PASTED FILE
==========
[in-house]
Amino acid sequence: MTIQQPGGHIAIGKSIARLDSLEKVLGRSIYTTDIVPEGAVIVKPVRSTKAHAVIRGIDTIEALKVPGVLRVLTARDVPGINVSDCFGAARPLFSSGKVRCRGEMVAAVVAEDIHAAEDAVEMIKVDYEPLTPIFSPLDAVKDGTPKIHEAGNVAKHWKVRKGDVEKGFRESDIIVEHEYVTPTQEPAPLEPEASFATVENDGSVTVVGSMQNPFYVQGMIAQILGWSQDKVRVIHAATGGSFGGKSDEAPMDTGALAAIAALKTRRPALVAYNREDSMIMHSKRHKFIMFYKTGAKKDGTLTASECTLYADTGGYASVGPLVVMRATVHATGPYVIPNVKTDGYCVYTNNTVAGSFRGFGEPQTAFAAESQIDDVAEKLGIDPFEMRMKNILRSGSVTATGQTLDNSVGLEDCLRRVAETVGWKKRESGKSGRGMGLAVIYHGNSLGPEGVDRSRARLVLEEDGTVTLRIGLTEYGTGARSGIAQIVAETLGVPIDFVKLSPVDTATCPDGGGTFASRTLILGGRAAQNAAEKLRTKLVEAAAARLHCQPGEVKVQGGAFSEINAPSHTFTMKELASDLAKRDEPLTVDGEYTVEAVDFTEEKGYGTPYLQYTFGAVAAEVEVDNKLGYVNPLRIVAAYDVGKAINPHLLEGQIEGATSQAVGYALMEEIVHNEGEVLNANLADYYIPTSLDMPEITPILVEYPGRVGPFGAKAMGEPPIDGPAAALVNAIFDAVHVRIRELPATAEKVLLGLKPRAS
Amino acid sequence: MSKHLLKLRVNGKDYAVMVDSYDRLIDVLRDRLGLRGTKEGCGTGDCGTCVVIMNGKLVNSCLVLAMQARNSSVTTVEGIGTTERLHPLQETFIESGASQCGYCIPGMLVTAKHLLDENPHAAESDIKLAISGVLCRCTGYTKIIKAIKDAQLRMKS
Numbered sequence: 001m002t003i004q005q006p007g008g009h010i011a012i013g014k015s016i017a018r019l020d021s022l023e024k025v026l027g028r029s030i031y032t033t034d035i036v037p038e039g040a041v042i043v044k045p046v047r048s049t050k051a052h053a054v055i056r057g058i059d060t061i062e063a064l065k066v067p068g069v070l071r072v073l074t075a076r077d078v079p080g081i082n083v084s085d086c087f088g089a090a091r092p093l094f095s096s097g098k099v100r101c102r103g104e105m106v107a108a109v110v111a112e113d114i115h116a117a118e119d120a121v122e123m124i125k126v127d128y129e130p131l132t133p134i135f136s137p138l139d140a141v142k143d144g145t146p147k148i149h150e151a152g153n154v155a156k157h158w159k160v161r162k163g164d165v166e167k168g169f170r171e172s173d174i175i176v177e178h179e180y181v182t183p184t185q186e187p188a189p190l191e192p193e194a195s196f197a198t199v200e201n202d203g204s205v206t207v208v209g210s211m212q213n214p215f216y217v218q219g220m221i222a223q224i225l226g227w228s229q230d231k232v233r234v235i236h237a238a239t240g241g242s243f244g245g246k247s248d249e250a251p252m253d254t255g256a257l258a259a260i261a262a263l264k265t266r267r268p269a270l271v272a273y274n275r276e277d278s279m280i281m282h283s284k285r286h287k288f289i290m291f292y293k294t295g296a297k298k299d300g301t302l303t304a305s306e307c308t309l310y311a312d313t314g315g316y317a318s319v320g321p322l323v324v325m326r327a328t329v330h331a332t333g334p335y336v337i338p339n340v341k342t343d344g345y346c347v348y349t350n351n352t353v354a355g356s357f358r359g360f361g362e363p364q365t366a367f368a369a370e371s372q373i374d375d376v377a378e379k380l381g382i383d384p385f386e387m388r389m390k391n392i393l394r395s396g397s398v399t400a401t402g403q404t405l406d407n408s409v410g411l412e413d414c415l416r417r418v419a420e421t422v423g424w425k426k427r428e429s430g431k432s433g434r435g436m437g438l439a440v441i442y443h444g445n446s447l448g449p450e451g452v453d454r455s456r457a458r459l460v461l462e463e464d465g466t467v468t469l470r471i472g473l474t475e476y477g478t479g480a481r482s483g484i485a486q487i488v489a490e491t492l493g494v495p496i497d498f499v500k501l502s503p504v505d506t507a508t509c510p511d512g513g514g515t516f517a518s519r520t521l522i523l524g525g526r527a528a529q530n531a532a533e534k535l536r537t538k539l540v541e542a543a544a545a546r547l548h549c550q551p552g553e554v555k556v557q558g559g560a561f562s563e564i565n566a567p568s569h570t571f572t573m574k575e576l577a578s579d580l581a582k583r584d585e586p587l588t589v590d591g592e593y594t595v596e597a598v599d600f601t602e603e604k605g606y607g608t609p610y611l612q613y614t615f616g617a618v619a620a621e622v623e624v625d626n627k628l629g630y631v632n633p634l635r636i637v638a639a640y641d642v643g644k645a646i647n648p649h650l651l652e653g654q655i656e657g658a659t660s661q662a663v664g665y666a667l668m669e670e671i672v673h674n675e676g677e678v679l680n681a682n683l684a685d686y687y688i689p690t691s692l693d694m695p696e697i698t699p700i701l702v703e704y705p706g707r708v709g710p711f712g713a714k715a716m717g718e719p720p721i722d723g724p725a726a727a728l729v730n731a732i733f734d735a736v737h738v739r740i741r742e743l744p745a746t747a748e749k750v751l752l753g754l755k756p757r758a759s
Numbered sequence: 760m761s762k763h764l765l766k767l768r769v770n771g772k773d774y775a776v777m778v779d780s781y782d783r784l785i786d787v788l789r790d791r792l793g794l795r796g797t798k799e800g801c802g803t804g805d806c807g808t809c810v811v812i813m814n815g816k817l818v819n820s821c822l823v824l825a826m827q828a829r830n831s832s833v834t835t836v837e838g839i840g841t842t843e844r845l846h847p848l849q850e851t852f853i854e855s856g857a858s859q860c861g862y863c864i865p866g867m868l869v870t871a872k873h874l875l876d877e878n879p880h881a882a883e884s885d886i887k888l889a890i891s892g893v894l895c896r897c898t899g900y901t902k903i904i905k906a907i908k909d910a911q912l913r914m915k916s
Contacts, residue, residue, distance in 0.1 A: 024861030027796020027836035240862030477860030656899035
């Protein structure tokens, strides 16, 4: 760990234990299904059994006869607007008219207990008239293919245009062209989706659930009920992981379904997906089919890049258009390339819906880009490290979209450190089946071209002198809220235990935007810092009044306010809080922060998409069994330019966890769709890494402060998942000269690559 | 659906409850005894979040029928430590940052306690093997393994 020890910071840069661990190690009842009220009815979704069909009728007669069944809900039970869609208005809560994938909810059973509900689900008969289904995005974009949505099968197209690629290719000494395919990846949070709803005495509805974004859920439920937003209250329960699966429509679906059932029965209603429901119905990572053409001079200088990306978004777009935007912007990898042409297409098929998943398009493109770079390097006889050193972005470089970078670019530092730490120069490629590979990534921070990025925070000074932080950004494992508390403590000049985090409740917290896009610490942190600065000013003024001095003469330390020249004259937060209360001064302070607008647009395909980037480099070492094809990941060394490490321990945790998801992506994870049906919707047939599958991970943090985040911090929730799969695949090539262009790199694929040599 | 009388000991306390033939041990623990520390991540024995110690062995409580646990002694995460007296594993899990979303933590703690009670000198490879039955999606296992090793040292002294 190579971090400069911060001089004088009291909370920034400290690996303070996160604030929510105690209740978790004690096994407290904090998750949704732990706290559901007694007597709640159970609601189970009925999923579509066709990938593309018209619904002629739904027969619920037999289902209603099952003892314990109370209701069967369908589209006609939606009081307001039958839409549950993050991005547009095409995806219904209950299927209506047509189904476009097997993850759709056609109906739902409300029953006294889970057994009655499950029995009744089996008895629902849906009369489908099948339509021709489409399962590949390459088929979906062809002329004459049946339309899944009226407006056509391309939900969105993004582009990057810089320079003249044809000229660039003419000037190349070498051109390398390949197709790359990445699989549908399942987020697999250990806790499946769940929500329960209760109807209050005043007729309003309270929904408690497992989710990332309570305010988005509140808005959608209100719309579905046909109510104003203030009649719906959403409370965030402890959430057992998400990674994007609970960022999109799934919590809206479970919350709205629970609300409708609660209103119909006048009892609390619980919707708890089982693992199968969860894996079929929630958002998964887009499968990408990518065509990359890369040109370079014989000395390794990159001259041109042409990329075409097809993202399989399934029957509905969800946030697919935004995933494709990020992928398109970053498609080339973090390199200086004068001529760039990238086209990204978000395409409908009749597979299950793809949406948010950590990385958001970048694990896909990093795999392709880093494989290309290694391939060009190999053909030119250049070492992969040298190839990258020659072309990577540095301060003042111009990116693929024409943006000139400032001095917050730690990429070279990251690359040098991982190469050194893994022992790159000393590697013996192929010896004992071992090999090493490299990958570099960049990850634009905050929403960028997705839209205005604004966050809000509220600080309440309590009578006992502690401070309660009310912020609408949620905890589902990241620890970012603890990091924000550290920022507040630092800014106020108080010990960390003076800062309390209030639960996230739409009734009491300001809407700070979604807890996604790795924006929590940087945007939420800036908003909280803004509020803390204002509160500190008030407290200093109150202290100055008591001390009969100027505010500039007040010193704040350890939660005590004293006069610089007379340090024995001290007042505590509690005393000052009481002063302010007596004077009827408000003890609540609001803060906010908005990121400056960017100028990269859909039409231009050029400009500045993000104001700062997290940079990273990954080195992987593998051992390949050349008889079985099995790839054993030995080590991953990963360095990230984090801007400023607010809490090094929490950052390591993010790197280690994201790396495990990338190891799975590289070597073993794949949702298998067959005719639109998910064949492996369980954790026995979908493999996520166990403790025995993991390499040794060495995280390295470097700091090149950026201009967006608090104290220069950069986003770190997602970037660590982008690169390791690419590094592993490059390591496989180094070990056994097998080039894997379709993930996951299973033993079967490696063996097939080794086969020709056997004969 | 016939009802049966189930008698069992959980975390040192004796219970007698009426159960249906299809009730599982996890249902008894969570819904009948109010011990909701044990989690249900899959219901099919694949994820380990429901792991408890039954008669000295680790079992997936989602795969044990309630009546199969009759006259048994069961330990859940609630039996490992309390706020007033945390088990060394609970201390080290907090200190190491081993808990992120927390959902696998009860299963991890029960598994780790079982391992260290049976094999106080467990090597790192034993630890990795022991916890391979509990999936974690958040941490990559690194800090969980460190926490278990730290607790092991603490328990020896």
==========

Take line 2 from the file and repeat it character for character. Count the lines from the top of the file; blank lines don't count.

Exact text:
Amino acid sequence: MTIQQPGGHIAIGKSIARLDSLEKVLGRSIYTTDIVPEGAVIVKPVRSTKAHAVIRGIDTIEALKVPGVLRVLTARDVPGINVSDCFGAARPLFSSGKVRCRGEMVAAVVAEDIHAAEDAVEMIKVDYEPLTPIFSPLDAVKDGTPKIHEAGNVAKHWKVRKGDVEKGFRESDIIVEHEYVTPTQEPAPLEPEASFATVENDGSVTVVGSMQNPFYVQGMIAQILGWSQDKVRVIHAATGGSFGGKSDEAPMDTGALAAIAALKTRRPALVAYNREDSMIMHSKRHKFIMFYKTGAKKDGTLTASECTLYADTGGYASVGPLVVMRATVHATGPYVIPNVKTDGYCVYTNNTVAGSFRGFGEPQTAFAAESQIDDVAEKLGIDPFEMRMKNILRSGSVTATGQTLDNSVGLEDCLRRVAETVGWKKRESGKSGRGMGLAVIYHGNSLGPEGVDRSRARLVLEEDGTVTLRIGLTEYGTGARSGIAQIVAETLGVPIDFVKLSPVDTATCPDGGGTFASRTLILGGRAAQNAAEKLRTKLVEAAAARLHCQPGEVKVQGGAFSEINAPSHTFTMKELASDLAKRDEPLTVDGEYTVEAVDFTEEKGYGTPYLQYTFGAVAAEVEVDNKLGYVNPLRIVAAYDVGKAINPHLLEGQIEGATSQAVGYALMEEIVHNEGEVLNANLADYYIPTSLDMPEITPILVEYPGRVGPFGAKAMGEPPIDGPAAALVNAIFDAVHVRIRELPATAEKVLLGLKPRAS